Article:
Much of the conflict regarding volunteer tourism is that these trips are not sustainable. There will always be groups who want to partner with international organizations and individuals who desire to spend their free time helping others, but the trips and projects these people choose should focus on development that both involves the locals directly and caters to their most important needs. Volunteer trips that benefit communities through the construction of new facilities and community spaces may or may not involve the help of locals. Those that do not prevent local workers from getting much-needed jobs and those that bring their own resources fail to support the local businesses and economy. Sustainability is especially important in cases where projects are initiated by volunteers and left in the hands of locals to finish. Volunteer groups should be certain before beginning a project that there is enough funding and support for the project to be completed once they leave, in order to avoid letting their hard work waste away as a pile of rubble or their supplies sit in storage unused.

For example, voluntourism blogger Alexia Nestora found a village in Kenya that had been significantly impacted by voluntourism. This village had approximately 500 residents and as a community had built a school and furnished it with the necessities, such as individual classrooms and blackboards. The village was using this schoolhouse when a well-funded NGO came in and decided to build the community a larger school, complete with a very expensive commercial kitchen. Volunteers flew in and the NGO purchased expensive building materials and built the second school right next to the first. The community then decided to use the second schoolhouse as their school, and now they use their original schoolhouse for storage. A second group then came in to build a third school and they began construction right next to the second school. However, they ran out of funding before it was even time to build walls and have not been back to complete their work. Talking to the locals in the village revealed that they never wanted a second, much less a third, school and had no need or desire for an expensive commercial kitchen. However, they could have benefited from new teachers or an additional source of funding in order to pay teachers already on staff.[22] Many other villages in Kenya lack adequate structures for schooling and would have welcomed the help of these NGO and volunteer groups had they offered to build a school for them. In many projects like this one, NGO and volunteer organizations often overlook one of the most important steps – talking to the locals and asking what they need.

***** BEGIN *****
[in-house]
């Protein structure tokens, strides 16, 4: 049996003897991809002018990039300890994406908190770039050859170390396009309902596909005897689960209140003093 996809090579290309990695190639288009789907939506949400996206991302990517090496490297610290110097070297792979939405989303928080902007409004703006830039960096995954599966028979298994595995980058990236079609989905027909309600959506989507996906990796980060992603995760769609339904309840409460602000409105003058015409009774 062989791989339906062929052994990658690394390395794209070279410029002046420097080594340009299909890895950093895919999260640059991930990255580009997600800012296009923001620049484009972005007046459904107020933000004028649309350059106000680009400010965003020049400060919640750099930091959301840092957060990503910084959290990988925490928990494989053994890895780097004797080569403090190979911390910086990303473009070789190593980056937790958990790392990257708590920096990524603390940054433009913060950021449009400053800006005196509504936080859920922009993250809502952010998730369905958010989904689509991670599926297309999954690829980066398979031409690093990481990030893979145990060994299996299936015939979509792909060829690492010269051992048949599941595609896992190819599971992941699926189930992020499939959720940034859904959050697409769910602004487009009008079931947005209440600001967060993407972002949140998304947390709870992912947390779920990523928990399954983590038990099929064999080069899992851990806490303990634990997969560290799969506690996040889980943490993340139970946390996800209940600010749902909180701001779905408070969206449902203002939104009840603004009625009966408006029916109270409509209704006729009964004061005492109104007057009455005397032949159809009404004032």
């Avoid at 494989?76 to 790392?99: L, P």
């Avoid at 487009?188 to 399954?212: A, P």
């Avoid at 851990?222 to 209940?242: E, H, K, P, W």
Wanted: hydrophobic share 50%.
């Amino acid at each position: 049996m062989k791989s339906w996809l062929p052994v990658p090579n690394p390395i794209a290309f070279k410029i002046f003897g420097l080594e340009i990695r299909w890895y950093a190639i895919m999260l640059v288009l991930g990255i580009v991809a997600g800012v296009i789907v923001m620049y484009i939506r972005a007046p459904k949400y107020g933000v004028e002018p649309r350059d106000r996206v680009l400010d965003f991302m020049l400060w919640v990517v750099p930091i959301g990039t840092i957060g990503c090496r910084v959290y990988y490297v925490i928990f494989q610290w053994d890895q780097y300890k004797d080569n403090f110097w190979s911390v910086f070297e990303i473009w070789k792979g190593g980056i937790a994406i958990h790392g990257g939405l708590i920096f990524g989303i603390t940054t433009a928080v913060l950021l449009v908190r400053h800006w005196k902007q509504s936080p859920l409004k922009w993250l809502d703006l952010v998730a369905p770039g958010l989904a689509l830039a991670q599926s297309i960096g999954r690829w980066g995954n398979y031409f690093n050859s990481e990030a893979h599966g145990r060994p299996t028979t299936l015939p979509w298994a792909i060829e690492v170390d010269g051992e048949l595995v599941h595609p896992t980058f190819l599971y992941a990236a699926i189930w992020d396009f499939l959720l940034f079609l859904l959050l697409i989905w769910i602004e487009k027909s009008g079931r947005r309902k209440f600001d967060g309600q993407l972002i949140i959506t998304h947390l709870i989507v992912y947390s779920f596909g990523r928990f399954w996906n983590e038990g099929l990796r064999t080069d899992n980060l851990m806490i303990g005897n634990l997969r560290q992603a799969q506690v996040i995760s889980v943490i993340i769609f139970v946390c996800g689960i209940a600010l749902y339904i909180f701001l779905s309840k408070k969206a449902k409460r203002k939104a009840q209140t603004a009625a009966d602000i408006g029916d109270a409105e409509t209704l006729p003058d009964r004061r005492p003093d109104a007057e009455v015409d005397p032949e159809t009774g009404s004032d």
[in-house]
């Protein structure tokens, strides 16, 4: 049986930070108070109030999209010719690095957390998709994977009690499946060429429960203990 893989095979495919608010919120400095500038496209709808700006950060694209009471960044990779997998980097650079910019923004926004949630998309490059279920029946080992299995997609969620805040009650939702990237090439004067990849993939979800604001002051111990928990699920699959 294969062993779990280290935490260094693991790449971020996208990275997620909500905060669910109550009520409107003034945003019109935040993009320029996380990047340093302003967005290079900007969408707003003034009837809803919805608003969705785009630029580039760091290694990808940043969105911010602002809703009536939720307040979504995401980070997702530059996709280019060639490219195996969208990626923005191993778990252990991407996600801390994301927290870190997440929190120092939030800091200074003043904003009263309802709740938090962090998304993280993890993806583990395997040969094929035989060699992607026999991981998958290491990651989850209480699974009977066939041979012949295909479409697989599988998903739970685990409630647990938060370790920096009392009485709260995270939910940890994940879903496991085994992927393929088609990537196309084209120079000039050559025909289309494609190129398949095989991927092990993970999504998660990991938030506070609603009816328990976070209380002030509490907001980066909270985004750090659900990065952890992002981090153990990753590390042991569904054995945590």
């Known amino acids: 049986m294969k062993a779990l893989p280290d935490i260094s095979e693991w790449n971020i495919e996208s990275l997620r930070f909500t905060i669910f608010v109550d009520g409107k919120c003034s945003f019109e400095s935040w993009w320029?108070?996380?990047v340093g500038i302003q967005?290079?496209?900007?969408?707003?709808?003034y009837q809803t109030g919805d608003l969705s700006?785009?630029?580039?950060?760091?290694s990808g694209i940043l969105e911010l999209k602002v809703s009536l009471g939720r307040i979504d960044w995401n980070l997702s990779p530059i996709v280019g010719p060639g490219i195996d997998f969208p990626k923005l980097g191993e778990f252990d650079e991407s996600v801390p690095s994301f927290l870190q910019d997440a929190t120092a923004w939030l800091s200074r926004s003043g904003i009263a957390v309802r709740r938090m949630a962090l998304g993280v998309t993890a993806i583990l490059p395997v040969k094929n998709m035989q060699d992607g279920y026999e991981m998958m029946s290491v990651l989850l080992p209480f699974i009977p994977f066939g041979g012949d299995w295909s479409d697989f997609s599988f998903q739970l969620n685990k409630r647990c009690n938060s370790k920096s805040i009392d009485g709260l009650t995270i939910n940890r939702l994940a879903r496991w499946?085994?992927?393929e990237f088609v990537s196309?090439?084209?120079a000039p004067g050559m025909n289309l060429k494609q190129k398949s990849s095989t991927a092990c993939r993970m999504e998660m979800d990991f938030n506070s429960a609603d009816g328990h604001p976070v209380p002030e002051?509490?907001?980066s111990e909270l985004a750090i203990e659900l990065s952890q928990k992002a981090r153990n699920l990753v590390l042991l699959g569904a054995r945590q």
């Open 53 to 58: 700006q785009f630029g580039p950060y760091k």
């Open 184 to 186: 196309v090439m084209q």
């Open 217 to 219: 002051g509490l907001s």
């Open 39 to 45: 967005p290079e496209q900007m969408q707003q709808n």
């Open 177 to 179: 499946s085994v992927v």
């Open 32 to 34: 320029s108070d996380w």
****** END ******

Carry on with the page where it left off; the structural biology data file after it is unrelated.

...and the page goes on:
See also[edit]


  1. ^ McGray, Douglas (February 2004). "Going the Distance". Travel and Leisure Magazine. Retrieved 2008-01-20. 
  2. ^ Australian Volunteers International, 2011 www.australianvolunteers.com/
  3. ^ Our History - Earthwatch Institutewww.earthwatch.org › Home › About Us
  4. ^ http://www.earthwatch.org › Home ›
  5. ^ "YIA Voice of the Traveler Survey Results". 
  6. ^ Rogers, Mark (2007-09-17). "Voluntourism is on the Rise". Travel Agent (PDF) 331 (3): 20–4. 
  7. ^ "Youth as Voluntourists: A Case Study of Youth Volunteering in Guatemala". Undercurrent: The Canadian Undergraduate Journal of Development Studies 7 (3). Fall–Winter 2011. 
  8. ^ Tiessen, Rebecca (February 2012). "Volunteering in the developing world: the perceived impacts of Canadian youth". Development in Practice 22 (1): 44–56. doi:10.1080/09614524.2012.630982. 
  9. ^ Cohan, Andrew (June 2010). "Voluntourism: The Human Side of Sustainable Tourism". HVS International Journal: 1–7. 
  10. ^ Rogers, Mark (2007-09-17). "Voluntourism is on the Rise". Travel Agent (PDF) 331 (3): 20–4. 
  11. ^ Alex Klaushofer (August 16, 2007). "Gap-year 'voluntourists' told not to bother". U.N. World Volunteer Web. 
  12. ^ Birrell, Ian (2010-11-13). "Before you pay to volunteer abroad, think of the harm you might do". The Guardian (http://www.guardian.co.uk/commentisfree/2010/nov/14/orphans-cambodia-aids-holidays-madonna). 
  13. ^ http://stream.aljazeera.com/story/201205242102-0022218
  14. ^ Jo Ingram (October 2008). "Volunteer Tourism: does it have a place in development?" (Unpub. thesis). 
  15. ^ Anna Mdee. "Wisdom & Insight: Additional Perspective on Development and Volunteer Tourism". 
  16. ^ Raymond, Eliza; Michael Hall (2008). "The Development of Cross-Cultural (Mis)Understanding Through Volunteer Tourism". Journal of Sustainable Tourism 16 (5): 530–543. doi:10.2167/jost796.0. 
  17. ^ http://www.hsrc.ac.za/HSRC_Review_Article-195.phtml
  18. ^ Carmichael, Robert (2011-03-25). "Cambodia's orphanages target the wallets of well-meaning tourists". The Independent. Retrieved 2011-11-27. 
  19. ^ Birrell, Ian (2010-11-13). "Before you pay to volunteer abroad, think of the harm you might do". The Guardian (http://www.guardian.co.uk/commentisfree/2010/nov/14/orphans-cambodia-aids-holidays-madonna). 
  20. ^ http://www.aljazeera.com/programmes/peopleandpower/2012/05/201252243030438171.html
  21. ^ http://www.theguardian.com/global-development/2014/may/27/nepal-bogus-orphan-trade-voluntourism
  22. ^ Nestora, Alexia (2011-01-18). "A Tale of Three Schols". Voluntourism Gal. Retrieved 2011-11-27.